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DEXTRUS™ Pacing Lead

Indications, Safety and Warnings

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The DEXTRUS™ transvenous, steroid-eluting, active fixation endocardial leads are indicated for permanent pacing and sensing. Active fixation pacing leads with a bipolar (BP) IS-1 connector configuration are designed for use in conjunction with implantable pulse generators with IS-1 headers. The leads may be used with single or dual chamber pacing systems. The DEXTRUS lead models are intended for placement in either the right atrium or right ventricle.


Transvenous endocardial pacing leads are contraindicated in the presence of severe tricuspid valvular disease and in patients with mechanical tricuspid heart valves. The DEXTRUS lead is additionally contraindicated for patients who cannot tolerate a single systemic dose of up to 1.3 mg of dexamethasone acetate (DXA).

Warnings and Precautions

Potentially Harmful Therapeutic and Diagnostic Procedures As an implanted pacing lead is a direct, low resistance path to the myocardium for electrical current, the observance of high standards of electrical safety is required. Electrosurgical instruments, for example, could generate voltages of such amplitude that a direct coupling between the tip of the electrocautery device and the implanted lead may result, possibly inducing myocardial lesions or serious cardiac arrhythmias (e.g., fibrillation). Some therapeutic and diagnostic procedures (e.g., diathermy, MRI, electrocautery) may result in latent damage to the pacing system. This damage may not be detected when testing the pacemaker function immediately after the procedure, but may become evident at a later time, resulting in pacing system malfunction or failure. For single patient use only. Do not reuse, reprocess, or resterilize.

Prevention of Leakage Current Conduction

Pulse generators and testing equipment connected to the lead must be battery-powered. Proper grounding of linepowered devices in the vicinity of the patient is essential to prevent leakage currents arising from such devices to be conducted via the lead’s terminal or any other non-insulated part.

Necessary Equipment for Implantation

During implantation the ECG should be recorded; a pacing system analyzer (PSA) and defibrillation equipment should always be readily available.

Handling the Lead

The lead should be handled very carefully at all times. Any severe application of force (bending, stretching, crimping, etc.) may permanently damage the lead. The metal portion of the lead connector should not be touched.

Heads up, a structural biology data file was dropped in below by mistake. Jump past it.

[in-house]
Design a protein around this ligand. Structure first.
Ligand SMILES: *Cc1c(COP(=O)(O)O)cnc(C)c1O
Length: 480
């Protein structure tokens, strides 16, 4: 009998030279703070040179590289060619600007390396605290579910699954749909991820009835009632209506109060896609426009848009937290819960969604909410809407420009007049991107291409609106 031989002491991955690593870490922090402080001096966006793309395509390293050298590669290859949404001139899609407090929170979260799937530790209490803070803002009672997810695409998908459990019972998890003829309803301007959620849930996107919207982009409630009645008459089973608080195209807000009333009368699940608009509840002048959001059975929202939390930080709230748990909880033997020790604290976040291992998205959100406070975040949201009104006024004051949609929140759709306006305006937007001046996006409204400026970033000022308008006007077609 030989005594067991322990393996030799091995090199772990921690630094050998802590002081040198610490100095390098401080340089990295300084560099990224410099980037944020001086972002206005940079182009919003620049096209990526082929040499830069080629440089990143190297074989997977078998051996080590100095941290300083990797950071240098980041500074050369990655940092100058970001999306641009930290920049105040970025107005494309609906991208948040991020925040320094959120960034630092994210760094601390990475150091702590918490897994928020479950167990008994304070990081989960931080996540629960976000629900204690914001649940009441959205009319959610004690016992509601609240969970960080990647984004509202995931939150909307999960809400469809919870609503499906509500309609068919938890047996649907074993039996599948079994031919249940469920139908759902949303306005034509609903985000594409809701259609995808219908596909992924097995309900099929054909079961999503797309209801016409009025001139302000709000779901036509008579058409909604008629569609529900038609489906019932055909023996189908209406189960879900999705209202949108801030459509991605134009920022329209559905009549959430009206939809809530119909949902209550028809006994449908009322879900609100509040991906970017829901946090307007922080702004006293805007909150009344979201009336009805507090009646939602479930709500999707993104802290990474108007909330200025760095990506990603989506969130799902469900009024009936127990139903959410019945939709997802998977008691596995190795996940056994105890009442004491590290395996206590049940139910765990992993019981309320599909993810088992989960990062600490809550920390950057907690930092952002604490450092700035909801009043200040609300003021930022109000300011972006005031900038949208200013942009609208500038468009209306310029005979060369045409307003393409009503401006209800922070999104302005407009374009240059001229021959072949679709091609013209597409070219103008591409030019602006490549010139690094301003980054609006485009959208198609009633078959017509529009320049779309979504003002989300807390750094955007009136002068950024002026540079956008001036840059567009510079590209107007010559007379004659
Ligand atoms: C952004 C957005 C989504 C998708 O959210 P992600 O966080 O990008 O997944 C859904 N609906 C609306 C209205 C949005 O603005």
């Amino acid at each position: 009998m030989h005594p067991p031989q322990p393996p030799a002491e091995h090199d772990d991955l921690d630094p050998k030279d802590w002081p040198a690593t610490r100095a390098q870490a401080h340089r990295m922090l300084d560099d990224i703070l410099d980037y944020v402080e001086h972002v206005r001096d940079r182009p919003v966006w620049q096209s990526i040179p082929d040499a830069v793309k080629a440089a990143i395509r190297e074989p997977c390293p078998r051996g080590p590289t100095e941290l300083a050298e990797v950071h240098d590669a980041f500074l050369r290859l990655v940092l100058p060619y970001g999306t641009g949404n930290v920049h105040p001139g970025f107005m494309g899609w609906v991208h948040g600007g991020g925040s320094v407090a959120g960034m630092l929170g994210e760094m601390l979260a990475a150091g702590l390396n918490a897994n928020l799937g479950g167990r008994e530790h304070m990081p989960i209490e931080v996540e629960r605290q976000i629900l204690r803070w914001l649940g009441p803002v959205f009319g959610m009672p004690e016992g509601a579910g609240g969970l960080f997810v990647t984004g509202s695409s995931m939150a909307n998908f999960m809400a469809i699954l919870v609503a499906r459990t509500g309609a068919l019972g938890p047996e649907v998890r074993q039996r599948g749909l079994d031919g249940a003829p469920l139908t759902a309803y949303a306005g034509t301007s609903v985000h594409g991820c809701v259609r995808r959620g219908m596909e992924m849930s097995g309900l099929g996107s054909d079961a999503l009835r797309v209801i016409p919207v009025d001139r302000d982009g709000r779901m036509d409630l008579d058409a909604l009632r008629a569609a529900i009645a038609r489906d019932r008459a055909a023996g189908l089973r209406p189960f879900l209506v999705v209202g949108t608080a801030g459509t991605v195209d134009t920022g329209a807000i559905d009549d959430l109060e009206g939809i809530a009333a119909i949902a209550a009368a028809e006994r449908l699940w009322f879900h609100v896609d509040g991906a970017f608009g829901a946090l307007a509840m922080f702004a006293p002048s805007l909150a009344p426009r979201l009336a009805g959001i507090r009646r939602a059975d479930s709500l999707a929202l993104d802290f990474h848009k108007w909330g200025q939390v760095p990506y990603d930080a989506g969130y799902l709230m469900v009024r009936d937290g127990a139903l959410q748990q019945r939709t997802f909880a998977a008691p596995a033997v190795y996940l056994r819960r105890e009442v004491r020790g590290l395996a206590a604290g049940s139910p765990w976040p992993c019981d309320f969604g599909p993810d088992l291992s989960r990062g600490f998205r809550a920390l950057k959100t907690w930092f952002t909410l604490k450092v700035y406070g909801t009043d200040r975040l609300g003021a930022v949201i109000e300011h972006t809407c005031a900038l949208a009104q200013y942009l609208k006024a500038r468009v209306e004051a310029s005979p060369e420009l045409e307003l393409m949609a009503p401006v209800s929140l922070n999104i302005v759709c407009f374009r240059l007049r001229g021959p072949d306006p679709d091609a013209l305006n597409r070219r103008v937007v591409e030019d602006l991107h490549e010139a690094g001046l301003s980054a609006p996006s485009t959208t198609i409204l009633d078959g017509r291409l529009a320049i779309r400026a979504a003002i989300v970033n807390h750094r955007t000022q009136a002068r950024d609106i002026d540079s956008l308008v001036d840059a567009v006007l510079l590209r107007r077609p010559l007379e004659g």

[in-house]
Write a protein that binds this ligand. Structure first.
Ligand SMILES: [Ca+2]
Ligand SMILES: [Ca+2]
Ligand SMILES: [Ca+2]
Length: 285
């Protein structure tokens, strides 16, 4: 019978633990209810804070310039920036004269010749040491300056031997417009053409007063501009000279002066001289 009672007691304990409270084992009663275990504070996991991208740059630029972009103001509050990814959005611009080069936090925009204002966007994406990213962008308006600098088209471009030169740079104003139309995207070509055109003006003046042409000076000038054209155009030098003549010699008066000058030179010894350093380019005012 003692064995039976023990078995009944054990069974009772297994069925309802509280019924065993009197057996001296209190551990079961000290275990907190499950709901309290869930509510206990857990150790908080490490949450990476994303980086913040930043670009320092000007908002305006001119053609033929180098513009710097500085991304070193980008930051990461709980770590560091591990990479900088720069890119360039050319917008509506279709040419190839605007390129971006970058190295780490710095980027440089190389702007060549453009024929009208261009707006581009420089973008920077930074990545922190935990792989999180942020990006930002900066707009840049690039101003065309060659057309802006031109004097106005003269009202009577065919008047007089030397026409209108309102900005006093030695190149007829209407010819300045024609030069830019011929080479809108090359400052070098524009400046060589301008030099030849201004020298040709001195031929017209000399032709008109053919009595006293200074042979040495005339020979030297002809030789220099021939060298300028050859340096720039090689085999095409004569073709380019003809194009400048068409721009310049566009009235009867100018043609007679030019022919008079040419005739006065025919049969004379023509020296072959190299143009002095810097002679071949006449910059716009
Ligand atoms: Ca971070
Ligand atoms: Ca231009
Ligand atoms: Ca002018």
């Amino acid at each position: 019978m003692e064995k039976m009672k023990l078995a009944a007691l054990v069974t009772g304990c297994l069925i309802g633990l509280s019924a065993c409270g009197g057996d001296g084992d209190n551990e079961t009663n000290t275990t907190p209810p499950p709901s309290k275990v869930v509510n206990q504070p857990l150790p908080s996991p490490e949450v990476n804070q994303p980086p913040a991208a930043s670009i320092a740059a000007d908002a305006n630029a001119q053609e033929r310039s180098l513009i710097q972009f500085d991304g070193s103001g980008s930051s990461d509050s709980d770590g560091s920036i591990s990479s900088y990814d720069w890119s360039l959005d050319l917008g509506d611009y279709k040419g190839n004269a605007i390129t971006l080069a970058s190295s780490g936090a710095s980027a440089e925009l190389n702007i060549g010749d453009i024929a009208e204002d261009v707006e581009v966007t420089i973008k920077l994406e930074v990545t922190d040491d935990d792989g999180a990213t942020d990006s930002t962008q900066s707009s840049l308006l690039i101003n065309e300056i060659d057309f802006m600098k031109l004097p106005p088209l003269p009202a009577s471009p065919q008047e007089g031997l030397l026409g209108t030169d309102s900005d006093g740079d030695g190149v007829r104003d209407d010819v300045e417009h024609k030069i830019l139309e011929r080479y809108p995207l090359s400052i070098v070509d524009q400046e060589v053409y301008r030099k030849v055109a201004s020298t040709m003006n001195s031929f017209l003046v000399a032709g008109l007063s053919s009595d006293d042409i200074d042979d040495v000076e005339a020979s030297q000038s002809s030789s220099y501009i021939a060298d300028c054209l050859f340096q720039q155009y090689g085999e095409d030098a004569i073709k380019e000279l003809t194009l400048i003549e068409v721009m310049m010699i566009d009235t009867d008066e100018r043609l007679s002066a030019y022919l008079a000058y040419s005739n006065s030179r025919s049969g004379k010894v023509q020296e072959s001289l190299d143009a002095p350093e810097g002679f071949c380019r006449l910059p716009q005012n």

Lead/Pulse Generator Compatibility

Because of the numerous available 3.2 mm configurations, e.g., the IS-1 and VS-1 standards, lead/pulse generator compatibility should be confirmed with the pulse generator and/or lead manufacturer prior to the implantation of a pacing system.

Extending/Retracting the Fixation Helix

In the event of previous handling or repositioning of the lead, more than the minimum number of rotations may be necessary to fully extend or retract the helix. Full helix extension should always be verified through fluoroscopy.

Chronic Repositioning

It is generally recommended that a chronically implanted endocardial lead not be explanted. Chronic repositioning or removal of active fixation leads may be difficult due to the presence of blood or fibrotic tissue in the helix. If it becomes necessary to remove the lead without successfully retracting the fixation helix, the lead should be rotated counter-clockwise during withdrawal in order to minimize the risk of endothelial laceration. If it becomes necessary to abandon a lead, the connector pin should be capped to prevent the transmission of electrical signals to the heart.

Suture Sleeve

Always use a suture sleeve when implanting a lead. Use of the suture sleeve, which is provided with the lead, will lessen the possibility of lead dislodgment and protect the lead body from damage by a securing ligature.

Potential Adverse Events

Potential complications include, but are not limited to: thrombosis, embolism, body rejection phenomena, cardiac tamponade, pneumothorax, muscle/nerve stimulation, valve damage, fibrillation, infection, skin erosion, ventricular ectopy and death. Lead perforation through the myocardium has been rarely observed. In rare cases, severe complications or device failures can occur.

Refer to the physician’s manual(s) for specific indications, contraindications, warning/precautions and adverse events. Rx only. 
(Rev. H)